We woke not sure what we would see, after a thick chilly fog formed late yesterday evening, but it was a lovely sunny morning with good visibility. We left Rona’s beautiful harbour after a leisurely breakfast (and another swim for some), passing through Caol Rona, the stretch of water separating Rona and Raasay.
The wind was very light and we motored down the Inner Sound, heading south. We dropped anchor for lunch just off the pretty village of Applecross on the mainland, holding childhood memories for Jonathan as a place in the far north, but today – and in the warm sunshine – it felt like the far south! After lunch we hoisted the gennaker and sailed very gently onwards. The Skye bridge came into sight – an elegant arch joining the island to the mainland – and the wind direction changed so we ended up motoring under the bridge, directly into the wind, rather than sailing through.
After two months of almost total isolation, today we saw noticeably more leisure boats on the water and when we reached Kyleakin, just under the bridge on the Skye side the visitor moorings were full and the pontoons we had hoped to moor at also looked packed. However, we were hailed from the pontoon by a friendly local who told is it would be fine to raft up against the glass-bottomed trip boat, so we gratefully did so. Ben and Sally were leaving us early the next morning so getting on shore easily was a priority. After a quick shower on the boat (we haven’t used our boat shower before, and it was a welcome luxury) we wandered into the small village of Kyleakin in the sunshine to find a meal at the local pub. Over dinner we could see north beyond the bridge to where we had come from and the sun setting behind the mountains was spectacular.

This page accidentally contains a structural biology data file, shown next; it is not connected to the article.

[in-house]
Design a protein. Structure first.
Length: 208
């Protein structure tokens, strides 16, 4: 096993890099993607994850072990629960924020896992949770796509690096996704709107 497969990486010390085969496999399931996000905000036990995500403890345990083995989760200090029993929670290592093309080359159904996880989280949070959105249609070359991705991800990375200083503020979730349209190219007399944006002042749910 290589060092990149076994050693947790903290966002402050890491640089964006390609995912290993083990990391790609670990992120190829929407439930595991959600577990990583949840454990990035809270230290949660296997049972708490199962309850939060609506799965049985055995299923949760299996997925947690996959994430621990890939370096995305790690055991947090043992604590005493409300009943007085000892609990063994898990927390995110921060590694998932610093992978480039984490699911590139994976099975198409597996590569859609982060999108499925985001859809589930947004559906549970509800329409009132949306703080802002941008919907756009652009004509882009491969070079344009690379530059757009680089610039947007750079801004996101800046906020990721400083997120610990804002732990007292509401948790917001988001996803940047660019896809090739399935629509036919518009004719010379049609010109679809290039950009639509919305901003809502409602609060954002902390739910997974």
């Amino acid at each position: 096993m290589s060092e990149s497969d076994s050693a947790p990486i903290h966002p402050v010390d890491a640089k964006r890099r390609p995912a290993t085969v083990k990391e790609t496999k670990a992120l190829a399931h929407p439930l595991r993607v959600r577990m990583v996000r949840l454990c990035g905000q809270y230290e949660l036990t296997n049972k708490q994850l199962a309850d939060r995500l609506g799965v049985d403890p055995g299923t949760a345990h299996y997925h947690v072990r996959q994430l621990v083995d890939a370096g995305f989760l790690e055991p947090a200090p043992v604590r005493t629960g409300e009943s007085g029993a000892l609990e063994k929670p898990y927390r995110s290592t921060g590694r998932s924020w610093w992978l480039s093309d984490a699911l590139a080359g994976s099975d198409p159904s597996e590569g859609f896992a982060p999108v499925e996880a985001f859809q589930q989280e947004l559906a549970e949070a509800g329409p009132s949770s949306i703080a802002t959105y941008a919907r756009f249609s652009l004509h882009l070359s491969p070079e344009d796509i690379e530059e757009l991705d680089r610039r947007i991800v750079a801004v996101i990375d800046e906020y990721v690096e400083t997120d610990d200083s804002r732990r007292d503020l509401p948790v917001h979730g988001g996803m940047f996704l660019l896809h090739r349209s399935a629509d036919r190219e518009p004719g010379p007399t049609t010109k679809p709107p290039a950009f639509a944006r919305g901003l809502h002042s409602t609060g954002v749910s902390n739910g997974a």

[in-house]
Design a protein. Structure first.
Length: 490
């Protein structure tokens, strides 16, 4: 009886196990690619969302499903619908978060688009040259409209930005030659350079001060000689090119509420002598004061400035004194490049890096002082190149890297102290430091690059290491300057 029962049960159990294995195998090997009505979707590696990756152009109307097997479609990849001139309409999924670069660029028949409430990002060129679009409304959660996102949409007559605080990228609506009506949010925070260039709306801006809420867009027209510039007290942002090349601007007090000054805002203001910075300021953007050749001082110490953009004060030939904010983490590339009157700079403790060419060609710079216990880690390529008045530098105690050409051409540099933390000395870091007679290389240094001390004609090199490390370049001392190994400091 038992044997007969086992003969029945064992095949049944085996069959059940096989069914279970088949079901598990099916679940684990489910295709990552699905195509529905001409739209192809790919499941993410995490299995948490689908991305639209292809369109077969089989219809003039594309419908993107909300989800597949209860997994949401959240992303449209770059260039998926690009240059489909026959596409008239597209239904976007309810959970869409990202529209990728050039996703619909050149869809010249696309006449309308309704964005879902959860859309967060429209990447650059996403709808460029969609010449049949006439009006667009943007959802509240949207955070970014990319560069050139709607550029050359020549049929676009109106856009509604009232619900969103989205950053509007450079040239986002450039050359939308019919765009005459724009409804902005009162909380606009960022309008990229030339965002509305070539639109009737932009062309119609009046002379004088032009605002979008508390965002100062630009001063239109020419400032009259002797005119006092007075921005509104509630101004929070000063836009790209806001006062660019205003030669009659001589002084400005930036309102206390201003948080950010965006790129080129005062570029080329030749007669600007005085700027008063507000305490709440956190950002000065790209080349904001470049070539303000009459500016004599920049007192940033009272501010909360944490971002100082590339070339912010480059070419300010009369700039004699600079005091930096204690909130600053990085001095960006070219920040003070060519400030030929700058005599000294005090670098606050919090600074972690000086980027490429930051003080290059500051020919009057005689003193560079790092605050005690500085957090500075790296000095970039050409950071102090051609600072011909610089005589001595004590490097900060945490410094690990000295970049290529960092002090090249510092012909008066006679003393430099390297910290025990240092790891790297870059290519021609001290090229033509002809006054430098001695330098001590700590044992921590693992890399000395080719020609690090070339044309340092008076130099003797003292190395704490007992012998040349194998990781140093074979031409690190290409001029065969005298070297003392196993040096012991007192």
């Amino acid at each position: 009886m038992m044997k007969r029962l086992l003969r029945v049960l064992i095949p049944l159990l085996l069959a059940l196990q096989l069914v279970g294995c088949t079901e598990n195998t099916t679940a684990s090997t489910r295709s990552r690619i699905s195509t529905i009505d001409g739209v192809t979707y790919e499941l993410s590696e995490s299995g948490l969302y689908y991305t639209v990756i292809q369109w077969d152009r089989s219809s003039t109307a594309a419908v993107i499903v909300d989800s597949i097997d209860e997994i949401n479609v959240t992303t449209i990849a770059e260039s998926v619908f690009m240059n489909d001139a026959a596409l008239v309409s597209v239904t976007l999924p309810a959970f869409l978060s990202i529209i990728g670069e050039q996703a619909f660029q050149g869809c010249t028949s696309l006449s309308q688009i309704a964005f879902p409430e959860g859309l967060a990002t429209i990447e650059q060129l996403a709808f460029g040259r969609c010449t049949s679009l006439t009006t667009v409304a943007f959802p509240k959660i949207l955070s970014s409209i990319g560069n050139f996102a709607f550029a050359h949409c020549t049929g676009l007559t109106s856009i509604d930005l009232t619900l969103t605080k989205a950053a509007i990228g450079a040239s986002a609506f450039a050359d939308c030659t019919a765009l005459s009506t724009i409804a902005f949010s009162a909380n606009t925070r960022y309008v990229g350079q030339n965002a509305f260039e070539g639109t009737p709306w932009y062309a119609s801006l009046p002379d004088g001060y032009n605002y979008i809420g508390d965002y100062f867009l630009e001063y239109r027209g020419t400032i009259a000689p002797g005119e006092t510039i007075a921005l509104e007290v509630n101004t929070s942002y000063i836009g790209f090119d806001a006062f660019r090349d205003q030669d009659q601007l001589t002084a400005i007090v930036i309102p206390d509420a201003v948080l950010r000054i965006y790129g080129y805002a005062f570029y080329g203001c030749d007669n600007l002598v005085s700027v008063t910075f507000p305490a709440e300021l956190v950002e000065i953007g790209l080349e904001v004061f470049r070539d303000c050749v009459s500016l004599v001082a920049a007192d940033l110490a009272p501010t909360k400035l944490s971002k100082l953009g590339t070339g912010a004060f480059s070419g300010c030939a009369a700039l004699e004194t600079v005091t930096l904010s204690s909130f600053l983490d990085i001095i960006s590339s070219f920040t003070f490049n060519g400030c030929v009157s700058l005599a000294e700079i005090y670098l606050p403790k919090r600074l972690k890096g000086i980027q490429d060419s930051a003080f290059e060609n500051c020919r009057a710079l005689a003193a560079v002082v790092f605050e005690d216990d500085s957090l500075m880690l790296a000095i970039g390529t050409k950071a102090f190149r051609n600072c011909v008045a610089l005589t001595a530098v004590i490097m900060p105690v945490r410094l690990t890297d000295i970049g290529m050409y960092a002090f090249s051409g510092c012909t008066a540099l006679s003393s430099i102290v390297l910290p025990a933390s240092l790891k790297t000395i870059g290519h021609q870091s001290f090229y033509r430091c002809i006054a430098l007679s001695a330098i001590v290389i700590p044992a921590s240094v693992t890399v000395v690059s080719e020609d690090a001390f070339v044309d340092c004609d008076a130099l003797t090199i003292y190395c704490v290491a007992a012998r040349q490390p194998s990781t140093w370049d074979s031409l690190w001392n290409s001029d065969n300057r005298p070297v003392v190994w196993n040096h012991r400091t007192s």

- Distance: 23 nm. Motored 3hrs sailed 3 hours
- Wind: NE/SE var 3-4
ABOUT THIS BLOG
On our passage ‘Around These Islands’ Anne is writing about each trip, and Jonathan is writing some more ‘technical’ blogs, from our perspective as ordinary cruising sailors. We are sharing what we’ve learned, and welcome your thoughts too. Please remember that this blog – and your comments – are public.
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